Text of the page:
Simulating miniaturized versions of human organs in the lab is an emerging tool in medical research, and researchers now have a new 'heart-on-a-chip' model to make use of.

The team behind the chip, from Cedars-Sinai Medical Center in Los Angeles, says that it will have an important role to play in testing the safety of cancer treatments, which have been shown to risk heart damage while fighting cancer cells.

Noteworthy upgrades over previous heart-chip models include the maturity of the cells that the team developed from human induced pluripotent stem cells (hiPSCs), and its ability to beat much like a human heart – at around 60 beats per minute.

Heart on a chip
An image of the chip with week-old heart cells. (Mozneb et al., Lab on a Chip, 2024)

"Ultimately, multi-lineage, hiPSC-based systems such as the heart-chip presented here may reduce reliance on animal models that are traditionally used for preclinical drug cardiotoxicity testing," the researchers write in their published paper.

Capable of transforming into any type of cell, hiPSCs were engineered to become heart cells and blood vessel cells before being put onto a flexible silicone material called polydimethylsiloxane or PDMS.

A crucial part of the heart chip design is its two parallel channels, which enable the heart cells (cardiomyocytes) and blood vessel cells (endothelial cells) to be kept separate as they are in a human body while still close enough to interact.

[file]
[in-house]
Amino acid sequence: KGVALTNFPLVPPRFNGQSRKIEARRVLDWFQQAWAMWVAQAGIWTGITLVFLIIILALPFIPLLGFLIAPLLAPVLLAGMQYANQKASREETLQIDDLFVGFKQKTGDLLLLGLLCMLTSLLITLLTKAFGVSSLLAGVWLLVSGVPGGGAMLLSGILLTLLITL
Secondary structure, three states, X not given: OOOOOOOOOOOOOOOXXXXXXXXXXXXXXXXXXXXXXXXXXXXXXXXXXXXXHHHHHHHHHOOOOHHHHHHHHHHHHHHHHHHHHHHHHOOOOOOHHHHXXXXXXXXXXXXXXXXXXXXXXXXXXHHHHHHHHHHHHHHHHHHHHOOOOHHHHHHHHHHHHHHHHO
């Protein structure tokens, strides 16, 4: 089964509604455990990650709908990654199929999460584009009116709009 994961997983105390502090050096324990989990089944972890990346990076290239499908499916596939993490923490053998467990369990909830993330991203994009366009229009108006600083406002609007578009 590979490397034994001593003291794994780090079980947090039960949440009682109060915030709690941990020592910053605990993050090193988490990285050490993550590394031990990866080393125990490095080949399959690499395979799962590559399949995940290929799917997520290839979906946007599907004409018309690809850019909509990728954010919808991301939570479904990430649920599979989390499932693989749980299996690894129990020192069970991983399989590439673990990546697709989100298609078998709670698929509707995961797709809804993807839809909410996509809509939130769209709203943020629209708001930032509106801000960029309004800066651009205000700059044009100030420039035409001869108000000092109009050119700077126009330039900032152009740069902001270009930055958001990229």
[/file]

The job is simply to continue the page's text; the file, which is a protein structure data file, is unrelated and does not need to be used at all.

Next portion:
By simulating the flow of blood and the mechanical movements of the heart in response to certain drug treatments, scientists can predict potential toxicity problems that could cause arrhythmia or the death of muscle cells.

"The heart-chip platform we have developed enables the screening of potentially cardiotoxic chemotherapeutic agents on multiple cardiovascular cell types in a physiologically-relevant model," write the researchers.

The heart-chip remained functional for several weeks, offering the opportunity for longer-term investigations into how drugs and other environmental factors influence the heart.

As well as helping in the development of safer drugs, the heart-on-a-chip should also be able to teach scientists more about the intricacies of heart disease – how it starts and progresses, and how it might be treated.

In recent years we've seen a steady stream of improvements in the way these chips are developed and produced, providing super-precise simulations of how parts of the human body react on the smallest scales.

"These results suggest that heart-chips can be used for drug toxicity screening and may unveil potential cell-type specific toxicities in response to cardiotoxic compounds," write the researchers.

The research has been published in The Royal Society of Chemistry's Lab on a Chip.